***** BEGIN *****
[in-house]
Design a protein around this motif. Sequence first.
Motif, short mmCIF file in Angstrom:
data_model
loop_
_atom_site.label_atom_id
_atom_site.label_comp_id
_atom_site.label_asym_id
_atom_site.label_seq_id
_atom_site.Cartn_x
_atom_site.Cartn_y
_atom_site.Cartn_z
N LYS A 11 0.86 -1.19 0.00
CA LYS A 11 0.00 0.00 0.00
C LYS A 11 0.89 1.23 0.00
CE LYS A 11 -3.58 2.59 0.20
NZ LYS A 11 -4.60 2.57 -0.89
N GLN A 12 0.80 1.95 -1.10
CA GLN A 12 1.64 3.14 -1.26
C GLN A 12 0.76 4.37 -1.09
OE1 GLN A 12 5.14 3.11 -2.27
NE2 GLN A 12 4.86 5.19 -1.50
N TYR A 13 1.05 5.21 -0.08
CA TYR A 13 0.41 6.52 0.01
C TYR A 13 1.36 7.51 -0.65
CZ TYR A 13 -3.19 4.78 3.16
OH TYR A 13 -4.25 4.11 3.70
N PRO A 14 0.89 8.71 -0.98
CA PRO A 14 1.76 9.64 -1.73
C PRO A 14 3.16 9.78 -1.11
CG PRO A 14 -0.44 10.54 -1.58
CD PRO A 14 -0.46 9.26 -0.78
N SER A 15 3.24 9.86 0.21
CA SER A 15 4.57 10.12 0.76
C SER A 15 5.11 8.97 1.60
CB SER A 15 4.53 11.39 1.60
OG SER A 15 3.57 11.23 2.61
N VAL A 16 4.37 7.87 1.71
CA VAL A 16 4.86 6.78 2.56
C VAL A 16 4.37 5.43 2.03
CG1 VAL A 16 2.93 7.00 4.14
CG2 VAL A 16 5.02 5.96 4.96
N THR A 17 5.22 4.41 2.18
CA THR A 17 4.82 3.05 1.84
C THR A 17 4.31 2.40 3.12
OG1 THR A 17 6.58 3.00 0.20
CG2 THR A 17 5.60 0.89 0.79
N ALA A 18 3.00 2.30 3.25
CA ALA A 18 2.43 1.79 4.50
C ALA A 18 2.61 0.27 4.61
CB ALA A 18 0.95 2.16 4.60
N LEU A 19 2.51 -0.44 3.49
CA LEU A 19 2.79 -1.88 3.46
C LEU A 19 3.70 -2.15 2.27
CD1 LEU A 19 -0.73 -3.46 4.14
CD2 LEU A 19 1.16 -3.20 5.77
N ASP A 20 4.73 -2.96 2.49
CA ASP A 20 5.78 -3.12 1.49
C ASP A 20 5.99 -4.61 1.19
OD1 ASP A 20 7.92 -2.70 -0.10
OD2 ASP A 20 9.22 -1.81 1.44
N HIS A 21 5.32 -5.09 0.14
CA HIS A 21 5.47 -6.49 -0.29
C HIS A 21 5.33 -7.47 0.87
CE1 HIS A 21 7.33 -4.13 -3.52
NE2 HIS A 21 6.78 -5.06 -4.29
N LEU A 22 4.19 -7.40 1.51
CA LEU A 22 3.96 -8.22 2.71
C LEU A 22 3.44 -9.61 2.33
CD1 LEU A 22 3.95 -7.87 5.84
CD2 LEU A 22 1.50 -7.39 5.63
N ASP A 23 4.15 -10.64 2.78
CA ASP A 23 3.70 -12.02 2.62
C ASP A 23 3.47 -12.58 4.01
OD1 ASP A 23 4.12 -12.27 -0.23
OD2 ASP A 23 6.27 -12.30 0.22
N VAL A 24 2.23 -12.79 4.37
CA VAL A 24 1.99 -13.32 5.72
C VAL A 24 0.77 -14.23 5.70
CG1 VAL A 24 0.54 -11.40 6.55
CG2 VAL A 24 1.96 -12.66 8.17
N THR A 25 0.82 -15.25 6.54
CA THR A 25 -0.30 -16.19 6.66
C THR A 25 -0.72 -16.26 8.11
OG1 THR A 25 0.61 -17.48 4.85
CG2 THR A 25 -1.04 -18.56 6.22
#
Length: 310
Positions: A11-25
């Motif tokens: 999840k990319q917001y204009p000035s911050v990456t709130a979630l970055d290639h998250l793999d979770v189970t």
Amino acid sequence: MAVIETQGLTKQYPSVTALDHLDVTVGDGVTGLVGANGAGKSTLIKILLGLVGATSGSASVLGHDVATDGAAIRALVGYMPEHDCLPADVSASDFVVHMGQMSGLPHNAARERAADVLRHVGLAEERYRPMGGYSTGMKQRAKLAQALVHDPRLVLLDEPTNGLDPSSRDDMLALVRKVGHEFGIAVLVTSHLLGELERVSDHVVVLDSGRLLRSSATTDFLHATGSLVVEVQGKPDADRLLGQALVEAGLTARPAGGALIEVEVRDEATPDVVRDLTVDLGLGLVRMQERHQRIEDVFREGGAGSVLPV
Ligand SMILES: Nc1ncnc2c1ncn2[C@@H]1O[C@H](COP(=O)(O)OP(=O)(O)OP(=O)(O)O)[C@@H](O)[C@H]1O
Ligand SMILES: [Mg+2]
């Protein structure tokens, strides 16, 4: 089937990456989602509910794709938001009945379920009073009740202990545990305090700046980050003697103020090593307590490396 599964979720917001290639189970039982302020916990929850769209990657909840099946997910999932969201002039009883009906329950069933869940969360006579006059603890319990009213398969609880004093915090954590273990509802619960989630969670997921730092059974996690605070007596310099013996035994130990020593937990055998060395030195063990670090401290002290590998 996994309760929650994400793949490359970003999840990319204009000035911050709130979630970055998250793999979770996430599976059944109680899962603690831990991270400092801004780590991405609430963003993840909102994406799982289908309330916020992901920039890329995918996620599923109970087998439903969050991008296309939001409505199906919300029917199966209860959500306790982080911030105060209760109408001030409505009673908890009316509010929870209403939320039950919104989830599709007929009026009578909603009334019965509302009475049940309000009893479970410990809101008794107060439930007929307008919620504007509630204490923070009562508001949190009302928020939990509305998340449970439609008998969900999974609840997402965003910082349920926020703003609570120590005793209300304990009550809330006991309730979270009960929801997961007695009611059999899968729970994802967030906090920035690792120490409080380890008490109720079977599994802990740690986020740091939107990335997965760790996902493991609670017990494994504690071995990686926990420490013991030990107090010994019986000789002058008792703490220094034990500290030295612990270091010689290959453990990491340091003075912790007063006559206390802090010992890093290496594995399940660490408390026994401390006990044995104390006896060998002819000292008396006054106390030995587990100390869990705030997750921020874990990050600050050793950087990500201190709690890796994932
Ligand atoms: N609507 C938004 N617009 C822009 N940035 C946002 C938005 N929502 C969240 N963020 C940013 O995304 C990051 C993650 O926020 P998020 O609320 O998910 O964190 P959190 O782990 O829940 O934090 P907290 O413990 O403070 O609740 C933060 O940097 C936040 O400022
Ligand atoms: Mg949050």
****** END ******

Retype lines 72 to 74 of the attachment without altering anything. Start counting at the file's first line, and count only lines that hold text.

N ASP A 23 4.15 -10.64 2.78
CA ASP A 23 3.70 -12.02 2.62
C ASP A 23 3.47 -12.58 4.01